Brexit deal ‘very much game on’ after Rishi Sunak holds talks with Northern Ireland parties | Politics News
“Significant progress has been made” to resolve the row over the Northern Ireland protocol and a deal is “very much game on”, Sinn Fein’s leader said.
Speaking after talks with Rishi Sunak, Mary Lou McDonald told reporters: “We have always believed that a deal on the protocol was possible and we’ve always known it was necessary.
“It is clear that significant progress has been made and we are very heartened by that. We now want to see a speedy concluding of matters.”
Politics live: PM holds talks with NI parties
Mr Sunak travelled to Belfast last night to meet local party leaders amid mounting speculation a deal on post-Brexit trading arrangements could be days away.
Ms McDonald said: “The bottom line is that we have to ensure that any deal provides for ongoing access to the European single market, no hardening of the border on the island of Ireland and a protection of the Good Friday Agreement in all of its parts.
“It seems to us that it’s very much game on.”
She said if these terms are reached it is then “a matter for everyone, for each of the political parties to step up, get back to work and deliver for people here in the north of Ireland”.
This is likely aimed at the DUP and other unionists who have collapsed the Stormont assembly in protest over the protocol.
What is the Northern Ireland protocol?
The mechanism was put in place to ensure there was not a hard border on the island of Ireland after Brexit, which would have caused significant difficulties.
But because the Republic of Ireland is still in the EU, it meant that any goods in either the Republic or Northern Ireland had to abide by EU rules and regulations.
This led to goods travelling into Northern Ireland from the rest of the UK being subject to import checks – effectively turning the Irish Sea into a trade border, which former prime minister Boris Johnson promised would not happen.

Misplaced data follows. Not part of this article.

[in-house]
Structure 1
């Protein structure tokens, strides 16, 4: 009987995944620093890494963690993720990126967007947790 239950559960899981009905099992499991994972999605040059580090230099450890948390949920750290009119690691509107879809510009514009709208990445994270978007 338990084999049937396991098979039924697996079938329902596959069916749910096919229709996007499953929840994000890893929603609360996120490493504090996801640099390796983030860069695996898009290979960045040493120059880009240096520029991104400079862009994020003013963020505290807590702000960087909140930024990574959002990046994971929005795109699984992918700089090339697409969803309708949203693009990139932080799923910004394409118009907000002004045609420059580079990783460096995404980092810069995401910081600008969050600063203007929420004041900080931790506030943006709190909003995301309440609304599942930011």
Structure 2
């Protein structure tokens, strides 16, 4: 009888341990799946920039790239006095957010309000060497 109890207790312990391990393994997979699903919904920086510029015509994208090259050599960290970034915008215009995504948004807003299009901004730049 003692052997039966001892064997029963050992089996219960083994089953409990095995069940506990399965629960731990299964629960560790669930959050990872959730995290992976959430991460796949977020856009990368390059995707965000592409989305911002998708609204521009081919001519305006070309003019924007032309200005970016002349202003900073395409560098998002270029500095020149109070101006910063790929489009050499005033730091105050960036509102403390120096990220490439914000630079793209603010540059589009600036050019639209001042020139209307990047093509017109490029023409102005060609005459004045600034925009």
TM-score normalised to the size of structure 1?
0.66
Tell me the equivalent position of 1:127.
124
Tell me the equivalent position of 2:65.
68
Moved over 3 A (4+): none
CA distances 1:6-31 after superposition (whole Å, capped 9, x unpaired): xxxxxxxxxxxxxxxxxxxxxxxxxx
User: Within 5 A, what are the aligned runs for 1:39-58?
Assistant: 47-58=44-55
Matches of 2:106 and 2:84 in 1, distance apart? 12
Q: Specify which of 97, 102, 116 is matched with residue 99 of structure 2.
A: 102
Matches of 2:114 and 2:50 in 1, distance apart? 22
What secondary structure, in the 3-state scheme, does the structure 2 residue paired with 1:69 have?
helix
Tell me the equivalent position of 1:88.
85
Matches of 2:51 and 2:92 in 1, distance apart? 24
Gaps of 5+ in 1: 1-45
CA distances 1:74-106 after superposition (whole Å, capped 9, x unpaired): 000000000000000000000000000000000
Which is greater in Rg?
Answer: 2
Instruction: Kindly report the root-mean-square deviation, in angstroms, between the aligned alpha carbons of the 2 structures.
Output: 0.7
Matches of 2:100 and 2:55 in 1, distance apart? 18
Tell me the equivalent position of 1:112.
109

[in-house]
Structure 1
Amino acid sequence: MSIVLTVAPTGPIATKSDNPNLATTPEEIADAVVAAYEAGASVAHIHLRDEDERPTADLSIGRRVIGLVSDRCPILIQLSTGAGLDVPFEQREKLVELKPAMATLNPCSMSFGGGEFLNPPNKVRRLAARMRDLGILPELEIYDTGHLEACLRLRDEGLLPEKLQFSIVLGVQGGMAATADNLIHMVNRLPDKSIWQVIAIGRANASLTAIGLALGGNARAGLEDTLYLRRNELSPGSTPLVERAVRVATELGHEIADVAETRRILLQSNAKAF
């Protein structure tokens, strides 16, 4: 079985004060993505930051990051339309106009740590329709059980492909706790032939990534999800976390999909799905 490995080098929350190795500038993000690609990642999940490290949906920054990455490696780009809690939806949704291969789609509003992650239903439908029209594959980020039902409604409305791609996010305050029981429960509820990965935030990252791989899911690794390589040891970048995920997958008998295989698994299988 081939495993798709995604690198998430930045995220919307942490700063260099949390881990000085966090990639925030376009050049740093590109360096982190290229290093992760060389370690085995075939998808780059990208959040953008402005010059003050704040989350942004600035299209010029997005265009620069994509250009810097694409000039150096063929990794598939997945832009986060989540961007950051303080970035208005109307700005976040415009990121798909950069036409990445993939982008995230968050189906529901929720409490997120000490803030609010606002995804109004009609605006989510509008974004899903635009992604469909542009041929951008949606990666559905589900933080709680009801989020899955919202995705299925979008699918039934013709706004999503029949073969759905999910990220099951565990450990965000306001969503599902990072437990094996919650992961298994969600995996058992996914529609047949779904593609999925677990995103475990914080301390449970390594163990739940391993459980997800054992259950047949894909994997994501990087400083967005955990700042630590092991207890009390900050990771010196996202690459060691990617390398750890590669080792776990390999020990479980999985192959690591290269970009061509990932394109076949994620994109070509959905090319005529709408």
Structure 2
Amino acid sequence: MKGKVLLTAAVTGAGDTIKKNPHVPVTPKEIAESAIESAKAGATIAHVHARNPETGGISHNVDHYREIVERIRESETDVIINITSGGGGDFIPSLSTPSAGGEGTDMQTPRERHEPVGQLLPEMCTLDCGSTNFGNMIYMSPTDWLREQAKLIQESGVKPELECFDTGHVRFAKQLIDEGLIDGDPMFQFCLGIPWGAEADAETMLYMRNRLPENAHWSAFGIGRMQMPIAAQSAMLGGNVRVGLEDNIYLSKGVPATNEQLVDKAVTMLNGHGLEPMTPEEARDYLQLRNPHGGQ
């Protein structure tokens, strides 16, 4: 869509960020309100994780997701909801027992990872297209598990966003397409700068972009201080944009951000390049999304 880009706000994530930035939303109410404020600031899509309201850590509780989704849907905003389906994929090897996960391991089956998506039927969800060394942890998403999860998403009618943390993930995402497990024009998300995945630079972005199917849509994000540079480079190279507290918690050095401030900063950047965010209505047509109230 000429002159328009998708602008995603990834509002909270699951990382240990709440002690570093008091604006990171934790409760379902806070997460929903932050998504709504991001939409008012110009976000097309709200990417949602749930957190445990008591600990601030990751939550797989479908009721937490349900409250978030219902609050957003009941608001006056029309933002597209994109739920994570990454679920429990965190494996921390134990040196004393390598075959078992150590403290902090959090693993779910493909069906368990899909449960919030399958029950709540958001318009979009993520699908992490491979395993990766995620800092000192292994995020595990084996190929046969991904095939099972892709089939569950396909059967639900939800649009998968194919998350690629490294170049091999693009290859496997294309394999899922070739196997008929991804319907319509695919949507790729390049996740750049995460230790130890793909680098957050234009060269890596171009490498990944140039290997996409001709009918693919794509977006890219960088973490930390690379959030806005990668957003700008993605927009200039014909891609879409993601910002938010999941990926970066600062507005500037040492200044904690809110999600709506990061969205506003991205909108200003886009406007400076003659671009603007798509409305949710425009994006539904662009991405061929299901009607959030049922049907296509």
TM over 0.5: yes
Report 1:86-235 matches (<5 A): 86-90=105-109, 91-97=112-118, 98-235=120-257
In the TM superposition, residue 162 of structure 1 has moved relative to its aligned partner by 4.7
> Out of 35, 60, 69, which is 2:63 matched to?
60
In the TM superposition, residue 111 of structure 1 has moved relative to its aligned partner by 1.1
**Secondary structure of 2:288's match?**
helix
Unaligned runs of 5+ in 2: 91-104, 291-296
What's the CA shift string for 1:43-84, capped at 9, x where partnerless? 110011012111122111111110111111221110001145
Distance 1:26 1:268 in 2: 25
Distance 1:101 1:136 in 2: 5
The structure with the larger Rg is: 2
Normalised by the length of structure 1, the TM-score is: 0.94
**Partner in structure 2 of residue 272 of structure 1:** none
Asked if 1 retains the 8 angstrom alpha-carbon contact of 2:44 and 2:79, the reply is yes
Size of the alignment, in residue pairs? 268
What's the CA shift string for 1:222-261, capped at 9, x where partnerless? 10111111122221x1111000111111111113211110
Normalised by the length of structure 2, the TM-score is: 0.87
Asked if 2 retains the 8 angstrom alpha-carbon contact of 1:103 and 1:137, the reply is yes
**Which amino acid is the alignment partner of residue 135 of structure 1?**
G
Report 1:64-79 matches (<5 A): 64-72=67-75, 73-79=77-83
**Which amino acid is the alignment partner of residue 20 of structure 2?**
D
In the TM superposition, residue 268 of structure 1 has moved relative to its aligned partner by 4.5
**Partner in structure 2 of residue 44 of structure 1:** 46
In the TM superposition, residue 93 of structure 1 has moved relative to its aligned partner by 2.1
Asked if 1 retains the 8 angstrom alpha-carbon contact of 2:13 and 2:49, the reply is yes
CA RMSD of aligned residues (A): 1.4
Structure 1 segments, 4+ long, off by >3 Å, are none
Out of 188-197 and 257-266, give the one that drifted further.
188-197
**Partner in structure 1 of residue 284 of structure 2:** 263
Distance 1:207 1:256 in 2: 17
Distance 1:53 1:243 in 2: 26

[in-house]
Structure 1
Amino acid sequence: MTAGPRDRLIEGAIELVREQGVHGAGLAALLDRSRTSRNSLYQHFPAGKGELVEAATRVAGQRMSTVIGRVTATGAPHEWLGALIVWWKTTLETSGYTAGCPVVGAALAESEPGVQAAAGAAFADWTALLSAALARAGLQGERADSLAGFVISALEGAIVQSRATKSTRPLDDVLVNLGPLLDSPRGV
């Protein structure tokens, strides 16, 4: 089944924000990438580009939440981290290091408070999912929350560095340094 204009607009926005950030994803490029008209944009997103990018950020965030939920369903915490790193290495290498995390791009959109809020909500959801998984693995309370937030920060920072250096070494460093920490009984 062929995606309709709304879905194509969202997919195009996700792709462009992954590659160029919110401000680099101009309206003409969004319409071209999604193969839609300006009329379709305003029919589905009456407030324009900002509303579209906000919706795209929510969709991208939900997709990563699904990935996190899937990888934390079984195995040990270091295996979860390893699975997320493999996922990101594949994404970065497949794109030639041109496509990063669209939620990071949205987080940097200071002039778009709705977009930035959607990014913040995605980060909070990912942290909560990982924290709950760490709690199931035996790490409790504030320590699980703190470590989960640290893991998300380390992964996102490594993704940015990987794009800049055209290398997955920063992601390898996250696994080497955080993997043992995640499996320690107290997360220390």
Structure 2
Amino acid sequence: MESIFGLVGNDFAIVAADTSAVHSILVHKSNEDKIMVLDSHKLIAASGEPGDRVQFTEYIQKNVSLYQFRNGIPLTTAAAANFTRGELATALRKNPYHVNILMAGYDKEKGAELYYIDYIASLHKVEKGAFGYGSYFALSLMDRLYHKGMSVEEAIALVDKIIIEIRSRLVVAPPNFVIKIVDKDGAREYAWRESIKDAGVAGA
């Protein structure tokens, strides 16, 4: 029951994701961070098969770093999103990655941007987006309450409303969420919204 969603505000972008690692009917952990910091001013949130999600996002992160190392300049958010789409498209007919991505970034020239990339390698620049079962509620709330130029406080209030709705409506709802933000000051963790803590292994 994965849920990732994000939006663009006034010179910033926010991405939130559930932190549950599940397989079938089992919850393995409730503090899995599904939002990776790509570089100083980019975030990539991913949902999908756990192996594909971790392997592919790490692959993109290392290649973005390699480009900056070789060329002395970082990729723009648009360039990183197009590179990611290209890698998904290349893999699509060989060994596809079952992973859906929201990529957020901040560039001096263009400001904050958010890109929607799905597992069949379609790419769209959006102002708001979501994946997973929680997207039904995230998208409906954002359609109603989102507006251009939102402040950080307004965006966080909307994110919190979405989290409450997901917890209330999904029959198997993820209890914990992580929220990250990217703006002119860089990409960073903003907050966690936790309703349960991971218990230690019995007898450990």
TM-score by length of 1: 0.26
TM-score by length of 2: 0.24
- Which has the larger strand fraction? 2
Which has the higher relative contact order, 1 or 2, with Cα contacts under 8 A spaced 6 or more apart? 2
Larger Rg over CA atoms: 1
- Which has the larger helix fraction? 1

Unionists in Northern Ireland say this has led to them not being a full part of the UK and are refusing to cooperate with forming a devolved Executive in Stormont until the issues are resolved.
What is the Northern Ireland protocol and why does it matter?
The UK government says the protocol is not working and wants to override it with new legislation if the EU does not agree to changes – a move Brussels has warned is “illegal and unrealistic”.
However, tensions have cooled in recent months, with both sides pledging to work together to find a way forward.
Newspaper reports have suggested Mr Sunak could brief his cabinet on the deal and announce it in parliament as soon as Tuesday.
‘Way to go yet’ on Northern Ireland deal
However, UUP leader Doug Beattie, a unionist politician, said that Mr Sunak told him there was a way to go yet on the Northern Ireland protocol deal.
He told reporters: “Really, all he said was things are moving quicker than he probably anticipated them actually moving.
“But when he says there’s still some way to go, that sort of tells me that we could be talking next week, that doesn’t mean it will be next week, it could be the week after.”
Meanwhile Colum Eastwood, the leader of the nationalist SDLP, said the prime minister had given “scant” detail on the potential deal with the EU and said he believed that Mr Sunak was “ticking the box” of engaging with the Stormont parties.
“I think he’s very careful not to get into too much detail until the deal is done and I suppose that’s fair enough,” he said.
Mr Eastwood said he made clear to Mr Sunak that the dual market access provided for in the protocol, allowing business in Northern Ireland to sell unfettered into the EU single market, must be preserved.
“He said the deal is not done yet,” he added.
The DUP is the key group that the prime minister has to convince about his plans to change the Northern Ireland protocol.
They were also due for a 15-minute meeting this morning before coming out to talk to journalists, as the other Northern Irish party leaders did, but the talks have reportedly overrun.
Senior figures within the DUP and the European Research Group of the Tory party have warned that any deal must remove the oversight of the European Court of Justice (ECJ) in Northern Ireland as well as dealing with trading difficulties.
While it is understood the EU and UK are close to signing off a deal that would reduce protocol red tape on the movement of goods from Great Britain to Northern Ireland, there is no expectation that Brussels is willing to agree to end the application of EU law in the region.
The EU contends that a fundamental plank of the protocol – namely that Northern Ireland traders can sell freely into the European single market – is dependent on the operation of EU rules in the region.